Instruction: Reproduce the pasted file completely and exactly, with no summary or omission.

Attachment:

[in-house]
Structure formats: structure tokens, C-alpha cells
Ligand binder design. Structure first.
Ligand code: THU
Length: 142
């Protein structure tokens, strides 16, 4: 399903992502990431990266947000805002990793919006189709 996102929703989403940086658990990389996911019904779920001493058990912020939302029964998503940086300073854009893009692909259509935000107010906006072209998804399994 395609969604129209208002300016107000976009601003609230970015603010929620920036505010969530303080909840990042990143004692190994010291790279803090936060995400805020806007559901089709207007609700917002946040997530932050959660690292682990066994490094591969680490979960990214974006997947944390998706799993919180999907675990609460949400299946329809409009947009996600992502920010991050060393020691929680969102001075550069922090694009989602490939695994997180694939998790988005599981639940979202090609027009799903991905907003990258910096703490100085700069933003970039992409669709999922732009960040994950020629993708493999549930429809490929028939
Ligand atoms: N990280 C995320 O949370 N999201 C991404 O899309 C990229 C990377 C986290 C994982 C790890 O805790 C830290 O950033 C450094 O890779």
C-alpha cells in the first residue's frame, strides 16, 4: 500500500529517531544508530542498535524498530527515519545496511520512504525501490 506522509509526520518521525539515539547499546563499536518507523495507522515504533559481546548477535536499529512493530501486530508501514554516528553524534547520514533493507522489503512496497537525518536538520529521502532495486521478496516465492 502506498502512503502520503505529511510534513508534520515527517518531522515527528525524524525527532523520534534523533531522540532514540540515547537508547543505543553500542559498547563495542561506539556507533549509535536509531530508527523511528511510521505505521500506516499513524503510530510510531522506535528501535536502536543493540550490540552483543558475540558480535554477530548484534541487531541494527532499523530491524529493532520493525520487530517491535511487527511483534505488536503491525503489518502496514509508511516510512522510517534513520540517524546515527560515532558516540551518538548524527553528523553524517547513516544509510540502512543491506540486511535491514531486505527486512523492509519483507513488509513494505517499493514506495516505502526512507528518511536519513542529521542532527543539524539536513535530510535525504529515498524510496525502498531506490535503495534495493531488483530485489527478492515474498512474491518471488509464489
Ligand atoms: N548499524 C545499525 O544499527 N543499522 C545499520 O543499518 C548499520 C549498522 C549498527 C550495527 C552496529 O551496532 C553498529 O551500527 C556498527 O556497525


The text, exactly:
[in-house]
Structure formats: structure tokens, C-alpha cells
Ligand binder design. Structure first.
Ligand code: THU
Length: 142
């Protein structure tokens, strides 16, 4: 399903992502990431990266947000805002990793919006189709 996102929703989403940086658990990389996911019904779920001493058990912020939302029964998503940086300073854009893009692909259509935000107010906006072209998804399994 395609969604129209208002300016107000976009601003609230970015603010929620920036505010969530303080909840990042990143004692190994010291790279803090936060995400805020806007559901089709207007609700917002946040997530932050959660690292682990066994490094591969680490979960990214974006997947944390998706799993919180999907675990609460949400299946329809409009947009996600992502920010991050060393020691929680969102001075550069922090694009989602490939695994997180694939998790988005599981639940979202090609027009799903991905907003990258910096703490100085700069933003970039992409669709999922732009960040994950020629993708493999549930429809490929028939
Ligand atoms: N990280 C995320 O949370 N999201 C991404 O899309 C990229 C990377 C986290 C994982 C790890 O805790 C830290 O950033 C450094 O890779």
C-alpha cells in the first residue's frame, strides 16, 4: 500500500529517531544508530542498535524498530527515519545496511520512504525501490 506522509509526520518521525539515539547499546563499536518507523495507522515504533559481546548477535536499529512493530501486530508501514554516528553524534547520514533493507522489503512496497537525518536538520529521502532495486521478496516465492 502506498502512503502520503505529511510534513508534520515527517518531522515527528525524524525527532523520534534523533531522540532514540540515547537508547543505543553500542559498547563495542561506539556507533549509535536509531530508527523511528511510521505505521500506516499513524503510530510510531522506535528501535536502536543493540550490540552483543558475540558480535554477530548484534541487531541494527532499523530491524529493532520493525520487530517491535511487527511483534505488536503491525503489518502496514509508511516510512522510517534513520540517524546515527560515532558516540551518538548524527553528523553524517547513516544509510540502512543491506540486511535491514531486505527486512523492509519483507513488509513494505517499493514506495516505502526512507528518511536519513542529521542532527543539524539536513535530510535525504529515498524510496525502498531506490535503495534495493531488483530485489527478492515474498512474491518471488509464489
Ligand atoms: N548499524 C545499525 O544499527 N543499522 C545499520 O543499518 C548499520 C549498522 C549498527 C550495527 C552496529 O551496532 C553498529 O551500527 C556498527 O556497525